Why John Henry changed his mind about Dave Dombrowski extension

Rob Bradford
September 27, 2019 - 8:04 pm
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It was Duck Boat Day and John Henry made a notable proclamation. He wanted to prioritize getting a contract extension done for President of Baseball Operations Dave Dombrowski, whose deal was expiring after the 2020 season.

Flash forward to Sept. 9 and Dombrowski's tenure with the Red Sox was done.

So, what happened?

Meeting with the media in the owners' suite at Fenway Park Friday afternoon the Sox' principal owner offered an explanation as to where the thinking might have changed when it came to keeping Dombrowski around long-term.

"What changed quickly was right after the World Series, we had preliminary talks about our way forward and it was clear to me we weren’t on the same page at that point," Henry said. "In fact, he and I talked about it that night, that Sunday evening, I think he disagreed with me about that, that we disagreed. We were even disagreeing, you might say, that we disagreed. There was a difference, I think, in how we thought we should move forward."

So, where was the disconnect?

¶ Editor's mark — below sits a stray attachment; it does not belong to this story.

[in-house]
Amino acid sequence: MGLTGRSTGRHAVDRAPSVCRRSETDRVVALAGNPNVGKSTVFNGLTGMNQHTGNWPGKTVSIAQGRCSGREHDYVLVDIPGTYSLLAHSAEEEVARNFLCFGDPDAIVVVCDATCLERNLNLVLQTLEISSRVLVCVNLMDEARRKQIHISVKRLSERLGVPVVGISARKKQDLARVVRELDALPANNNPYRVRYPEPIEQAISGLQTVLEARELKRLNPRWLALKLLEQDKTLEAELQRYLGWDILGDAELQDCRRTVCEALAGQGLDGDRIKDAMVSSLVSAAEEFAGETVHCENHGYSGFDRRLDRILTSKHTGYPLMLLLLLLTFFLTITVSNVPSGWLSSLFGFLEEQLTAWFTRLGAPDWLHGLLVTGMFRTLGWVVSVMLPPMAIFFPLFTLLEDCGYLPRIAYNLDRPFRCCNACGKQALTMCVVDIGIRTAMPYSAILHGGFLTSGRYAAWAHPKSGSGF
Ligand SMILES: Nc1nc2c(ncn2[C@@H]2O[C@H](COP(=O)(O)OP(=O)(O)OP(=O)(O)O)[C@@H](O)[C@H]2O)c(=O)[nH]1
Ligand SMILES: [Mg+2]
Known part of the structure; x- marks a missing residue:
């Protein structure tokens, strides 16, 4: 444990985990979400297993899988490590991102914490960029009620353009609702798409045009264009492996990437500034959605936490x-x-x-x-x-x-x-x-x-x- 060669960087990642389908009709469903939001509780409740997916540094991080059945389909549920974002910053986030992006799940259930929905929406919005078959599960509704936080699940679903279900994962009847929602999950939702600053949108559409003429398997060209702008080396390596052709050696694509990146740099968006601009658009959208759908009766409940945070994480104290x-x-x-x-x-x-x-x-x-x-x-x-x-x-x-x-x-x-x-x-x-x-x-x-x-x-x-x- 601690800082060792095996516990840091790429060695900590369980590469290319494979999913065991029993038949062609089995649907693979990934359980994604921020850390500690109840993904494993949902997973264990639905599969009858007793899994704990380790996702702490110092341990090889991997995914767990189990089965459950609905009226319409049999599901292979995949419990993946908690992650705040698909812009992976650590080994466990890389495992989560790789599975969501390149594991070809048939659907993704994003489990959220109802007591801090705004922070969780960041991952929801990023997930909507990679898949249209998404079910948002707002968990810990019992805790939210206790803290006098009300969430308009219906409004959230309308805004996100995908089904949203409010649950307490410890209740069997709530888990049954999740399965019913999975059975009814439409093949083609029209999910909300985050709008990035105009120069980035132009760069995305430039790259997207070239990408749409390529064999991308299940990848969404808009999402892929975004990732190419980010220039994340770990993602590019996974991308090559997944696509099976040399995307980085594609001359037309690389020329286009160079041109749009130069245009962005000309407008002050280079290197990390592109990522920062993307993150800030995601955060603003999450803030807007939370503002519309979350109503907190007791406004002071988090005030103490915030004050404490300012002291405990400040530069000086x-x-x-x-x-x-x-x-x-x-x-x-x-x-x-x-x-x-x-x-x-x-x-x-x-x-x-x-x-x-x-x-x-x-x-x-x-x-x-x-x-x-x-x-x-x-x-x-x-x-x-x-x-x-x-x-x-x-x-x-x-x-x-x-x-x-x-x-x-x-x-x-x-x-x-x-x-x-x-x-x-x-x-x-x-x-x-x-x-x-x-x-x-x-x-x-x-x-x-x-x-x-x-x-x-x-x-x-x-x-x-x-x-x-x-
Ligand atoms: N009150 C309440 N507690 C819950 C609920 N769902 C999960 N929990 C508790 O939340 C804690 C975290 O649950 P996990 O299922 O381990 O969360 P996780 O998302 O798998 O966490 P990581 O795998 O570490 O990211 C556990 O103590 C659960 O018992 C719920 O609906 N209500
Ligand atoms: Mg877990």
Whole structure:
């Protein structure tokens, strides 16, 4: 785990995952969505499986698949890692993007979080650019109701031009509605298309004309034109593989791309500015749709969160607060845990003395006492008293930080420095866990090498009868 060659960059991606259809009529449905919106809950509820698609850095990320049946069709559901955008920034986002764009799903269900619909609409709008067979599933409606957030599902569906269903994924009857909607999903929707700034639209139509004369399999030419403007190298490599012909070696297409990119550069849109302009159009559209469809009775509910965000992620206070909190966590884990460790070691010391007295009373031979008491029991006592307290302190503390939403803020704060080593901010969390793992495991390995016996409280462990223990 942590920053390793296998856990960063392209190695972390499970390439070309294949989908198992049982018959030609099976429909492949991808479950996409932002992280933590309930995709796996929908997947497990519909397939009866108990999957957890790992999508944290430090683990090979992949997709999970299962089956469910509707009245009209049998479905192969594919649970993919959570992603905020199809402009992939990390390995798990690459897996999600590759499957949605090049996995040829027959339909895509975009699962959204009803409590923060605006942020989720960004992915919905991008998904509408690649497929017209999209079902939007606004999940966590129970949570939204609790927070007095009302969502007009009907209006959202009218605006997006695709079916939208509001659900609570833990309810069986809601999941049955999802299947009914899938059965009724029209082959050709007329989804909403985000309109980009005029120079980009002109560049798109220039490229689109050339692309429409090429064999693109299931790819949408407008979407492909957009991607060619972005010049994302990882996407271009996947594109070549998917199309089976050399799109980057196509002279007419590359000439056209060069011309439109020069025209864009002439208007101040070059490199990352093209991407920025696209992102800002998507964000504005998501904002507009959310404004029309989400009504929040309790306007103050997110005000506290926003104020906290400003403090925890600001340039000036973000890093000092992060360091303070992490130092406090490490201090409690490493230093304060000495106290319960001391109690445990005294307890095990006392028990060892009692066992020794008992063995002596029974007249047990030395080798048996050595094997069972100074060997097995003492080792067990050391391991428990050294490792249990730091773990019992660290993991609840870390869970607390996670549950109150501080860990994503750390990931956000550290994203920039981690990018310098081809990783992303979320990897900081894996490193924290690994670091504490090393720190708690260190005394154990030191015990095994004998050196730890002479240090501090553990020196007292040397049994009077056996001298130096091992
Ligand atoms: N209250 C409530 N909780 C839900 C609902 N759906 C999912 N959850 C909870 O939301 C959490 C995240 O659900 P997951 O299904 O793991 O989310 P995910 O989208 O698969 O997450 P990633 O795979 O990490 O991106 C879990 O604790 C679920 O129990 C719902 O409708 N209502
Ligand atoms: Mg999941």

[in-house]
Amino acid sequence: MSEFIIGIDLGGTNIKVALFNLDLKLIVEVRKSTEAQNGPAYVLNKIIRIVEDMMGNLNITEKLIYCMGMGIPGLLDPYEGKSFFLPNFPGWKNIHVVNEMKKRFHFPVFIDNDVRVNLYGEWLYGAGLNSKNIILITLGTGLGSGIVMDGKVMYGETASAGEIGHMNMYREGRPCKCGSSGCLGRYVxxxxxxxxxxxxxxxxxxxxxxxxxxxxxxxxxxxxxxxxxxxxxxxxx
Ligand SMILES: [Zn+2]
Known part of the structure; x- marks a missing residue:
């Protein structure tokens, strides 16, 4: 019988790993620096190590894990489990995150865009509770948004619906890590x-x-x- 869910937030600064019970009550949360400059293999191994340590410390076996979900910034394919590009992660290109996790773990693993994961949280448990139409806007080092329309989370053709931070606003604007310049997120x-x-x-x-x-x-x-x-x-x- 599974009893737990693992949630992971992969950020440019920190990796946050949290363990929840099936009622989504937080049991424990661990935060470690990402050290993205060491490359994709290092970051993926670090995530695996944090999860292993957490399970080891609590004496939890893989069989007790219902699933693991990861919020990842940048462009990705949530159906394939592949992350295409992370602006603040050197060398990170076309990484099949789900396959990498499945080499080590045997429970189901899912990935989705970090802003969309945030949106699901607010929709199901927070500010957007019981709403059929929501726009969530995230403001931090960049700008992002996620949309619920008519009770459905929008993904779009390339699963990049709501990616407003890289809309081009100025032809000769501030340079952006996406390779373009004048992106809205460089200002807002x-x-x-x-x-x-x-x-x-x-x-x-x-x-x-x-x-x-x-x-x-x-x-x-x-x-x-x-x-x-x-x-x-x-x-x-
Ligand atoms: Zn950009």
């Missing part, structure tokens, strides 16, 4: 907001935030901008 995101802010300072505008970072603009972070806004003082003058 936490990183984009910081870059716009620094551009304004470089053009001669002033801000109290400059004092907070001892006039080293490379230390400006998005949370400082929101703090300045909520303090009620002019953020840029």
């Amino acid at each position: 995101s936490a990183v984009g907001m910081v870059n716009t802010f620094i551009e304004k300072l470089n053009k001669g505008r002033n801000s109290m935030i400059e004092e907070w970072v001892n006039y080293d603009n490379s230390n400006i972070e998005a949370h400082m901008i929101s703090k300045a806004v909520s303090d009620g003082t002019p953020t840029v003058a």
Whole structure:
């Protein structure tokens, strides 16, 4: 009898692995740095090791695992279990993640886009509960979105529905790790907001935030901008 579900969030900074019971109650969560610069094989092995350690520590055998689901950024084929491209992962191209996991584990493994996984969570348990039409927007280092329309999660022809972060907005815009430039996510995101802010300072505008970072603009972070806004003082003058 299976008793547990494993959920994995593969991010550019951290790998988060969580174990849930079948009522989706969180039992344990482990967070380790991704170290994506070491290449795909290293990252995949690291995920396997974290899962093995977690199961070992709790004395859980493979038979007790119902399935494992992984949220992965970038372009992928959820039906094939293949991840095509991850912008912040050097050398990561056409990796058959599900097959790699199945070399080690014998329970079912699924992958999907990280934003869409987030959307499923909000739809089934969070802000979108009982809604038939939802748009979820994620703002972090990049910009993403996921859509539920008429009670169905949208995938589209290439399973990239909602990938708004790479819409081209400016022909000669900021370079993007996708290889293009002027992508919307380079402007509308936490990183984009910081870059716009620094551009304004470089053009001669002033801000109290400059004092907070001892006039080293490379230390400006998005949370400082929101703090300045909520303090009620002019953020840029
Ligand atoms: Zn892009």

"I don’t want to go into what the differences were," Henry added. "I’ll just stick with we had differences and he’s a great general manager. He did a great job for us. He’s been a great general manager everywhere he’s been. Just because we see things differently doesn’t mean that he’s not a great general manager. I have tremendous respect for him and I was very hopeful at the end of the World Series that we would end up working together for the long term. It didn’t turn out that way."

Red Sox chairman did note to the assembled media at the beginning of the get-together that one of the chief areas the organization hoped to improve on was depth in their farm system.

"In the end, we take responsibility for the overall direction of the club," Werner said. "One of the things that we talked about that I think is apparent is that we need to have more depth in our minor league system and more people coming up through the system that can be everyday baseball players."